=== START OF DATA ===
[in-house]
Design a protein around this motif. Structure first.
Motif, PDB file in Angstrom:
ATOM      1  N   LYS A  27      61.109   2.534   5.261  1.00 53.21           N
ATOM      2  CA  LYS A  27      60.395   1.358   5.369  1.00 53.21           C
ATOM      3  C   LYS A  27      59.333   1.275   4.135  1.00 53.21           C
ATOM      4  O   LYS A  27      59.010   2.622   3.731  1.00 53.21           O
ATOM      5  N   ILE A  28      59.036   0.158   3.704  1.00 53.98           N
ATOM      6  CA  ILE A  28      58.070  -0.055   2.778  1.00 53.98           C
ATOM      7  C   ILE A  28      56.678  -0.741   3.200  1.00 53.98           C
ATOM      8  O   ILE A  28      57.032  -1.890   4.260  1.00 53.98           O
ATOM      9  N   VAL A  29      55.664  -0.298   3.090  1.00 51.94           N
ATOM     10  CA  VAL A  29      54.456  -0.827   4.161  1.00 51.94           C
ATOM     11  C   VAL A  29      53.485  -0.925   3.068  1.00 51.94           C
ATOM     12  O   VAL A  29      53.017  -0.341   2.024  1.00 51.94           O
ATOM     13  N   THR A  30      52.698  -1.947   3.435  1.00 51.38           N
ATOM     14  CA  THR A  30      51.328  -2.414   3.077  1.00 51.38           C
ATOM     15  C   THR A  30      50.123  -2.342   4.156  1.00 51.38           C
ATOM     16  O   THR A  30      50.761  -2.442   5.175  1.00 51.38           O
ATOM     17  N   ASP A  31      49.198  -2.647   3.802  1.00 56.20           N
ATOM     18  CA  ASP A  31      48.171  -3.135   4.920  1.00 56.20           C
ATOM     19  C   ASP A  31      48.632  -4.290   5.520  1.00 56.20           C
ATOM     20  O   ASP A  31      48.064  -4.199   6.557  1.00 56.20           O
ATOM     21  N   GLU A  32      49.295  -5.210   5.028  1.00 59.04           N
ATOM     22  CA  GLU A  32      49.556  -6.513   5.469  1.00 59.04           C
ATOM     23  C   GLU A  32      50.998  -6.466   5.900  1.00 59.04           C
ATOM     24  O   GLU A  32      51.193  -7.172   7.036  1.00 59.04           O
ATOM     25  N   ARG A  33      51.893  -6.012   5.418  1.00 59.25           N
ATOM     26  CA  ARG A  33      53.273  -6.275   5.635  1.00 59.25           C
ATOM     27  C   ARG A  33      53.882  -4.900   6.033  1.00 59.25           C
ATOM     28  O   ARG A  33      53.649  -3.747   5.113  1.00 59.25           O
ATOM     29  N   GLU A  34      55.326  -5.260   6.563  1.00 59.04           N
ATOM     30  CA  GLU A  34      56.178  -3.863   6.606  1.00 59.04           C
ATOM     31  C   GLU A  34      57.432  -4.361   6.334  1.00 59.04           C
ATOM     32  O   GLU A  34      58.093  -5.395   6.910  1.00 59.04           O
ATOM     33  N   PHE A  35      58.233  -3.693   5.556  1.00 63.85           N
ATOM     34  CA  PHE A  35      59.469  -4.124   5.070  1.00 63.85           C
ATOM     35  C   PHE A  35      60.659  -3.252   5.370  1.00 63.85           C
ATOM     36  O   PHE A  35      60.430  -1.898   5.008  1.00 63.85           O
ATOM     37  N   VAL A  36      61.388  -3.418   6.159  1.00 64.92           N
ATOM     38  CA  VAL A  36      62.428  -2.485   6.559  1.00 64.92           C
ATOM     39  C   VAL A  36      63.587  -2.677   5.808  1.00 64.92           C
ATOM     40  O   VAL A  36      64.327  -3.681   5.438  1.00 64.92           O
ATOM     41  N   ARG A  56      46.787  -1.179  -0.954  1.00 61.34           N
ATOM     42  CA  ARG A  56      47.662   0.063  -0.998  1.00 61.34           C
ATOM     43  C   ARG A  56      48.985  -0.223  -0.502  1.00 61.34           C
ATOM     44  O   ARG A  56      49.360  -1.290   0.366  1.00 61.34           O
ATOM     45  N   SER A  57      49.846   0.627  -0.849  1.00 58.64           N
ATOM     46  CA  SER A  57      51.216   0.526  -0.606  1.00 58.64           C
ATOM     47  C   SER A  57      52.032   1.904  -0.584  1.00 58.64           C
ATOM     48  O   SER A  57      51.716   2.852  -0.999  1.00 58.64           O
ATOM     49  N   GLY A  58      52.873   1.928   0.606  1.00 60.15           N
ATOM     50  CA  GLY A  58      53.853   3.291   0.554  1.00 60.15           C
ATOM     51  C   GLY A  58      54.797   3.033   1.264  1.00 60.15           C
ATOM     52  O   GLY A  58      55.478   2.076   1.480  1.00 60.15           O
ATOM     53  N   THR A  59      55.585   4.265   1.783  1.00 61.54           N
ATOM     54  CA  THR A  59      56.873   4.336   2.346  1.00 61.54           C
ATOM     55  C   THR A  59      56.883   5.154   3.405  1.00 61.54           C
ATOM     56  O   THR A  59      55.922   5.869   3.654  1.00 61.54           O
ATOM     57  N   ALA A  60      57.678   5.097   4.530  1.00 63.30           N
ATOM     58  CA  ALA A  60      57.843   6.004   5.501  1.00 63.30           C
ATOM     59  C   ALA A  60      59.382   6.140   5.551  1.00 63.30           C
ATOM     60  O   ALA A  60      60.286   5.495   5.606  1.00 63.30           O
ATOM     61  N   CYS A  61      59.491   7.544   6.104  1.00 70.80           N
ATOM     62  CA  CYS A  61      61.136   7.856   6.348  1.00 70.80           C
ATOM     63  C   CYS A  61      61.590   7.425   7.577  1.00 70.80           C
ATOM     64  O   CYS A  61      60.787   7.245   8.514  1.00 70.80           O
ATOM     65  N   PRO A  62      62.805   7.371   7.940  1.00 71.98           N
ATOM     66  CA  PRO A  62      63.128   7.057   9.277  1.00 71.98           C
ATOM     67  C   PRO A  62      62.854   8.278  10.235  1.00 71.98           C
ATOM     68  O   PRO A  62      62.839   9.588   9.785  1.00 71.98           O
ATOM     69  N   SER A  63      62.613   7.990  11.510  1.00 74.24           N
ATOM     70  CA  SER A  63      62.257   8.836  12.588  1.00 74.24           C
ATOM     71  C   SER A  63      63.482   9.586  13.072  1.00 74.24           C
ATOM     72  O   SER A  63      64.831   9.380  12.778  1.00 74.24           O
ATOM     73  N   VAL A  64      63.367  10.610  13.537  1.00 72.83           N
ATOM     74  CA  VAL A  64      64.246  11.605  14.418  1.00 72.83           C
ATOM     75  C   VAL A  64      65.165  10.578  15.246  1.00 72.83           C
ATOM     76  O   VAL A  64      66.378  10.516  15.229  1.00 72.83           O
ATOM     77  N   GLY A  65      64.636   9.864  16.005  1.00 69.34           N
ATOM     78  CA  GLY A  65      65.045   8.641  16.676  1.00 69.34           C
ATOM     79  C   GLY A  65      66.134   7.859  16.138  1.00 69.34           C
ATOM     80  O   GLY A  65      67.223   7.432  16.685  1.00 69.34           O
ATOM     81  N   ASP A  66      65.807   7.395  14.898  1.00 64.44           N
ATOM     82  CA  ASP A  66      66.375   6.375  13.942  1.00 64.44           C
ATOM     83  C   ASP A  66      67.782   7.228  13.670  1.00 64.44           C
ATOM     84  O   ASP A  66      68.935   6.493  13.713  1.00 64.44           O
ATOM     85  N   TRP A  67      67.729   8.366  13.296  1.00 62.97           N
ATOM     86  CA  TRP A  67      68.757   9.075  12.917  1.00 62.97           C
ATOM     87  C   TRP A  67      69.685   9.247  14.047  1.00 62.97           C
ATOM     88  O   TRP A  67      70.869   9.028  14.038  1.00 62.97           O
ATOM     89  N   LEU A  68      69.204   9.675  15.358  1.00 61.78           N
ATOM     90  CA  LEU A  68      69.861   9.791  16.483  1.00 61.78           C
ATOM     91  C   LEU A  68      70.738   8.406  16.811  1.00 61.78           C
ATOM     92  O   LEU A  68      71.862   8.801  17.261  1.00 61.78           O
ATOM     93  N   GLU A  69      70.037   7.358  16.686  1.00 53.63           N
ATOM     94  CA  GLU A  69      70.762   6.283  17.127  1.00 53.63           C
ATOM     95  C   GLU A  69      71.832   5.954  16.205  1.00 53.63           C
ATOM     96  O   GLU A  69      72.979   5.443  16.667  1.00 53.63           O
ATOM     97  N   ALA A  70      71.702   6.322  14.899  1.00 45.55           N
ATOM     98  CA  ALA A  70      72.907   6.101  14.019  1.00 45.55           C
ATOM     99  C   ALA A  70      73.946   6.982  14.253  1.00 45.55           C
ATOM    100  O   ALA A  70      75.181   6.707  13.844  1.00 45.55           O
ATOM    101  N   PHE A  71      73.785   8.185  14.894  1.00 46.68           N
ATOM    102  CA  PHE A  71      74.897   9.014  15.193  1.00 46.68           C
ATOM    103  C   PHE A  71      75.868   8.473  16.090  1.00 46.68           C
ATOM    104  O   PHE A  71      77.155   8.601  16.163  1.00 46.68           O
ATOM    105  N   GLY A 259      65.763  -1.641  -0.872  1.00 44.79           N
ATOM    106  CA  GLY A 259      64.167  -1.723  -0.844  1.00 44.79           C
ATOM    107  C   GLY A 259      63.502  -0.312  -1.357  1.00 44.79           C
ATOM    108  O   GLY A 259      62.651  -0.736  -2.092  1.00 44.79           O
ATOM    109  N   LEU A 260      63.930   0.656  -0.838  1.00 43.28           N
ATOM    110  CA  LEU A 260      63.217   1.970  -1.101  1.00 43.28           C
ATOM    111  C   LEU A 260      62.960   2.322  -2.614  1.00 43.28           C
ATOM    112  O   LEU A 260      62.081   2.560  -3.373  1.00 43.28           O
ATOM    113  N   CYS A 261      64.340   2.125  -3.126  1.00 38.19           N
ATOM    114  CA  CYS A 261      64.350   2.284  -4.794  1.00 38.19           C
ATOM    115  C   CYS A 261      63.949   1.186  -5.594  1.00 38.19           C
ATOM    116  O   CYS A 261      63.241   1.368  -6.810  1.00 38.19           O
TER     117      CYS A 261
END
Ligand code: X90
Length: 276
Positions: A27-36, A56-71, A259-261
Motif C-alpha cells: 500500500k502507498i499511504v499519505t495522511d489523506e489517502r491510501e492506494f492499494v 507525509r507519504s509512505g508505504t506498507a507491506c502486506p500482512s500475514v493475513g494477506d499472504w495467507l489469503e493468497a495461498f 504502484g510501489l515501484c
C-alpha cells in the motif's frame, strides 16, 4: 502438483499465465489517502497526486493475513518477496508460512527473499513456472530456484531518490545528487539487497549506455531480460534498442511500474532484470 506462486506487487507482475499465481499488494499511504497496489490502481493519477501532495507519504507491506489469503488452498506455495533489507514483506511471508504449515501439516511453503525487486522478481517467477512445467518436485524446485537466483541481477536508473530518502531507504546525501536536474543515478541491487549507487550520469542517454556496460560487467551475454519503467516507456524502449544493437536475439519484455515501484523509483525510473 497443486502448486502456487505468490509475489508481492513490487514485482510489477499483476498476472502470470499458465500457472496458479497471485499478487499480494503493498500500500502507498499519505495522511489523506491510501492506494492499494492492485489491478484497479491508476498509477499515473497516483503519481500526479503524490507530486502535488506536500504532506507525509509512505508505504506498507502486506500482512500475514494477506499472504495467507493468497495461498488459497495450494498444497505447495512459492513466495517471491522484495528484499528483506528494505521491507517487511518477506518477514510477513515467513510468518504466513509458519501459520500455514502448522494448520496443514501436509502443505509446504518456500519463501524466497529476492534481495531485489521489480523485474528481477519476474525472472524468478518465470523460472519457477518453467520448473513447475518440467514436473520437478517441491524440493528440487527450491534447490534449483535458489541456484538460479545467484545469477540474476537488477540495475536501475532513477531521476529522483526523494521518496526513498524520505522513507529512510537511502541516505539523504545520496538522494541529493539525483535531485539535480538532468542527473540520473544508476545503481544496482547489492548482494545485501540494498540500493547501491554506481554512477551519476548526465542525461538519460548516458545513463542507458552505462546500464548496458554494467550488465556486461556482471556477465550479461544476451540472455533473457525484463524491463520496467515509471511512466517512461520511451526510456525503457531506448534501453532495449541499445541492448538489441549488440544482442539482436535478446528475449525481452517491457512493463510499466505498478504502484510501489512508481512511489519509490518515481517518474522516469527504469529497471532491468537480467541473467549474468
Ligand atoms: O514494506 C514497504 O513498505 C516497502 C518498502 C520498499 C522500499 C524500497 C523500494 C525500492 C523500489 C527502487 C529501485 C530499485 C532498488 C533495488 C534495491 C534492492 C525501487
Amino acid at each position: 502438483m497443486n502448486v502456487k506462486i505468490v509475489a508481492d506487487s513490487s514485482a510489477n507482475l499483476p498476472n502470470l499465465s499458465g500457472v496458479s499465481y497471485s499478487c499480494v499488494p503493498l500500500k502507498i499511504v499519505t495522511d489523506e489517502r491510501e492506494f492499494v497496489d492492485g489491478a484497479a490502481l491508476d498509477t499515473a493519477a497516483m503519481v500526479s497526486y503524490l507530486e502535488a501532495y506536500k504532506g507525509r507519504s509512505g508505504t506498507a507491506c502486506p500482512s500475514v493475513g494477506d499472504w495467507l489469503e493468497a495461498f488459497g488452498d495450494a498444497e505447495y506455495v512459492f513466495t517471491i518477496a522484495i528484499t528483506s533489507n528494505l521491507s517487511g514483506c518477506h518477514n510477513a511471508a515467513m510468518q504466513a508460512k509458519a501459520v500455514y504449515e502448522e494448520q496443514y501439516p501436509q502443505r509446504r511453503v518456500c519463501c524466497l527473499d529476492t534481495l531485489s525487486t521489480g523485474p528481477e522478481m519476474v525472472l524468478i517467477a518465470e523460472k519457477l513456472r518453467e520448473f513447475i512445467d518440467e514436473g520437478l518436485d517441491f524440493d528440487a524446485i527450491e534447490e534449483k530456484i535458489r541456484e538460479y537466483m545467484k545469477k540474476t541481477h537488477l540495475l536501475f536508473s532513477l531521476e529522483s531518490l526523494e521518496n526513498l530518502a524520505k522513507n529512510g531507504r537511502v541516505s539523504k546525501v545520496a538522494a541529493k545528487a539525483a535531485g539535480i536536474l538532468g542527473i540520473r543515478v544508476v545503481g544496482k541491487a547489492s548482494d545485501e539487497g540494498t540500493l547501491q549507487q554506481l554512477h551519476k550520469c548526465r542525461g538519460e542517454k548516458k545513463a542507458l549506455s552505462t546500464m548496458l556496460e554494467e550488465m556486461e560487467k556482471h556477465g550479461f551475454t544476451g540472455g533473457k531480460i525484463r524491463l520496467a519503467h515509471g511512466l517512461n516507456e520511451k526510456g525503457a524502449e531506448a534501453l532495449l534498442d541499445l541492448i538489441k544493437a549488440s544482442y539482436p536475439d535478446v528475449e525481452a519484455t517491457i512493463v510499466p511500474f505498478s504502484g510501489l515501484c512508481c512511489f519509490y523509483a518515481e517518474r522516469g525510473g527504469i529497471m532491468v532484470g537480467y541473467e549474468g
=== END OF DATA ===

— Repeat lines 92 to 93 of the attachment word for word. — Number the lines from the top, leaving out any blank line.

ATOM     89  N   LEU A  68      69.204   9.675  15.358  1.00 61.78           N
ATOM     90  CA  LEU A  68      69.861   9.791  16.483  1.00 61.78           C